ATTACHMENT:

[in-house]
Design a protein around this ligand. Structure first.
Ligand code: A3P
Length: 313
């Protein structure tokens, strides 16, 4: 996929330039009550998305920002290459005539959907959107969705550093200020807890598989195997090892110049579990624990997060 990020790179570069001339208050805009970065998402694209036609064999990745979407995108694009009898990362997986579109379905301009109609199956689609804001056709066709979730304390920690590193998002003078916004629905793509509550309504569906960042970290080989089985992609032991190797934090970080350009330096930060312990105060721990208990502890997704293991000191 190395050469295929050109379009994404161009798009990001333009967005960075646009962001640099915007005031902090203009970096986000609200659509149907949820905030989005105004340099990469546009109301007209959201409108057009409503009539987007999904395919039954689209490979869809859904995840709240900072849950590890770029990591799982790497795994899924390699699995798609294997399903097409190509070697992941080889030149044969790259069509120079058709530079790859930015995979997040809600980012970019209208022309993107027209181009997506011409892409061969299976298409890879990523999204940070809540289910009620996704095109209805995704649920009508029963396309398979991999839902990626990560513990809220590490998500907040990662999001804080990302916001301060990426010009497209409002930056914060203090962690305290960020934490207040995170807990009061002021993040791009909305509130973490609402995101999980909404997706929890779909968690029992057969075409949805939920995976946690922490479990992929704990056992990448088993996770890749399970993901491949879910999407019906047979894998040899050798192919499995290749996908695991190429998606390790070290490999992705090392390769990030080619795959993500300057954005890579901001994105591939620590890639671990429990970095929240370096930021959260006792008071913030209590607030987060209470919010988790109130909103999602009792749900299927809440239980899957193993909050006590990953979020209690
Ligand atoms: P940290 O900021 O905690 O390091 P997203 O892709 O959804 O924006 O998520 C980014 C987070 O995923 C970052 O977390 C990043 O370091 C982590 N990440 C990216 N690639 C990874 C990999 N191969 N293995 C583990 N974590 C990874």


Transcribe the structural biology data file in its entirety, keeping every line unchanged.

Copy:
[in-house]
Design a protein around this ligand. Structure first.
Ligand code: A3P
Length: 313
């Protein structure tokens, strides 16, 4: 996929330039009550998305920002290459005539959907959107969705550093200020807890598989195997090892110049579990624990997060 990020790179570069001339208050805009970065998402694209036609064999990745979407995108694009009898990362997986579109379905301009109609199956689609804001056709066709979730304390920690590193998002003078916004629905793509509550309504569906960042970290080989089985992609032991190797934090970080350009330096930060312990105060721990208990502890997704293991000191 190395050469295929050109379009994404161009798009990001333009967005960075646009962001640099915007005031902090203009970096986000609200659509149907949820905030989005105004340099990469546009109301007209959201409108057009409503009539987007999904395919039954689209490979869809859904995840709240900072849950590890770029990591799982790497795994899924390699699995798609294997399903097409190509070697992941080889030149044969790259069509120079058709530079790859930015995979997040809600980012970019209208022309993107027209181009997506011409892409061969299976298409890879990523999204940070809540289910009620996704095109209805995704649920009508029963396309398979991999839902990626990560513990809220590490998500907040990662999001804080990302916001301060990426010009497209409002930056914060203090962690305290960020934490207040995170807990009061002021993040791009909305509130973490609402995101999980909404997706929890779909968690029992057969075409949805939920995976946690922490479990992929704990056992990448088993996770890749399970993901491949879910999407019906047979894998040899050798192919499995290749996908695991190429998606390790070290490999992705090392390769990030080619795959993500300057954005890579901001994105591939620590890639671990429990970095929240370096930021959260006792008071913030209590607030987060209470919010988790109130909103999602009792749900299927809440239980899957193993909050006590990953979020209690
Ligand atoms: P940290 O900021 O905690 O390091 P997203 O892709 O959804 O924006 O998520 C980014 C987070 O995923 C970052 O977390 C990043 O370091 C982590 N990440 C990216 N690639 C990874 C990999 N191969 N293995 C583990 N974590 C990874």